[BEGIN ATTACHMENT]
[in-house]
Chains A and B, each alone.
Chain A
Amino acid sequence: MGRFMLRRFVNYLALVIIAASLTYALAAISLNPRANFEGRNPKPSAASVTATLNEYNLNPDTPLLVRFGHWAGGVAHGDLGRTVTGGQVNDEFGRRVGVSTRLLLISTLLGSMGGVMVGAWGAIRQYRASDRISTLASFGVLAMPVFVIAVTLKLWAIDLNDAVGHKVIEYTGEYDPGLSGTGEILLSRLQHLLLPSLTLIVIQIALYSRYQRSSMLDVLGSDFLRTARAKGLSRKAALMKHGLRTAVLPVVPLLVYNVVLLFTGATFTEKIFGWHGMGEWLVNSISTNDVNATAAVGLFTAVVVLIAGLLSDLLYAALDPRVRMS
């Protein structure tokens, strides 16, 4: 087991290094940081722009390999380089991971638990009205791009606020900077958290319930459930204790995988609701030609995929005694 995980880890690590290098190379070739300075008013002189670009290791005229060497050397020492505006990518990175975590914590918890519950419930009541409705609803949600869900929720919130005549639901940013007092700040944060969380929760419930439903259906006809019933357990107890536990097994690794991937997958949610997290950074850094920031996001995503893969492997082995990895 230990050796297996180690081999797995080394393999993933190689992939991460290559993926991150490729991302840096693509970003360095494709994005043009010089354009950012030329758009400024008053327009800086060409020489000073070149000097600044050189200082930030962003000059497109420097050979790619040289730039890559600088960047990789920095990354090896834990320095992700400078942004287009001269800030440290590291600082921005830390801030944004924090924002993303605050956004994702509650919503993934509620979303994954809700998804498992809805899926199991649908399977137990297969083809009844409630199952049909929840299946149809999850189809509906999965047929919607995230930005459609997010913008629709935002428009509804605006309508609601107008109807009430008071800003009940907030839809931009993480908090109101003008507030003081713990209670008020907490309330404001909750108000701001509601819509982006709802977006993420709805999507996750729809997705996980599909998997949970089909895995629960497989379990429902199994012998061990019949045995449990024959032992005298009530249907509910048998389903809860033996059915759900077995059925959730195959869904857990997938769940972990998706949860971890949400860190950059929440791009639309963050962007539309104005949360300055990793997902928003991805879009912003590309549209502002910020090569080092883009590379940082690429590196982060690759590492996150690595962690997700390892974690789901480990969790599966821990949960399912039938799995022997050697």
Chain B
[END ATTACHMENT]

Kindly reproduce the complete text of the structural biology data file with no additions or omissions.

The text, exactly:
[in-house]
Chains A and B, each alone.
Chain A
Amino acid sequence: MGRFMLRRFVNYLALVIIAASLTYALAAISLNPRANFEGRNPKPSAASVTATLNEYNLNPDTPLLVRFGHWAGGVAHGDLGRTVTGGQVNDEFGRRVGVSTRLLLISTLLGSMGGVMVGAWGAIRQYRASDRISTLASFGVLAMPVFVIAVTLKLWAIDLNDAVGHKVIEYTGEYDPGLSGTGEILLSRLQHLLLPSLTLIVIQIALYSRYQRSSMLDVLGSDFLRTARAKGLSRKAALMKHGLRTAVLPVVPLLVYNVVLLFTGATFTEKIFGWHGMGEWLVNSISTNDVNATAAVGLFTAVVVLIAGLLSDLLYAALDPRVRMS
């Protein structure tokens, strides 16, 4: 087991290094940081722009390999380089991971638990009205791009606020900077958290319930459930204790995988609701030609995929005694 995980880890690590290098190379070739300075008013002189670009290791005229060497050397020492505006990518990175975590914590918890519950419930009541409705609803949600869900929720919130005549639901940013007092700040944060969380929760419930439903259906006809019933357990107890536990097994690794991937997958949610997290950074850094920031996001995503893969492997082995990895 230990050796297996180690081999797995080394393999993933190689992939991460290559993926991150490729991302840096693509970003360095494709994005043009010089354009950012030329758009400024008053327009800086060409020489000073070149000097600044050189200082930030962003000059497109420097050979790619040289730039890559600088960047990789920095990354090896834990320095992700400078942004287009001269800030440290590291600082921005830390801030944004924090924002993303605050956004994702509650919503993934509620979303994954809700998804498992809805899926199991649908399977137990297969083809009844409630199952049909929840299946149809999850189809509906999965047929919607995230930005459609997010913008629709935002428009509804605006309508609601107008109807009430008071800003009940907030839809931009993480908090109101003008507030003081713990209670008020907490309330404001909750108000701001509601819509982006709802977006993420709805999507996750729809997705996980599909998997949970089909895995629960497989379990429902199994012998061990019949045995449990024959032992005298009530249907509910048998389903809860033996059915759900077995059925959730195959869904857990997938769940972990998706949860971890949400860190950059929440791009639309963050962007539309104005949360300055990793997902928003991805879009912003590309549209502002910020090569080092883009590379940082690429590196982060690759590492996150690595962690997700390892974690789901480990969790599966821990949960399912039938799995022997050697």
Chain B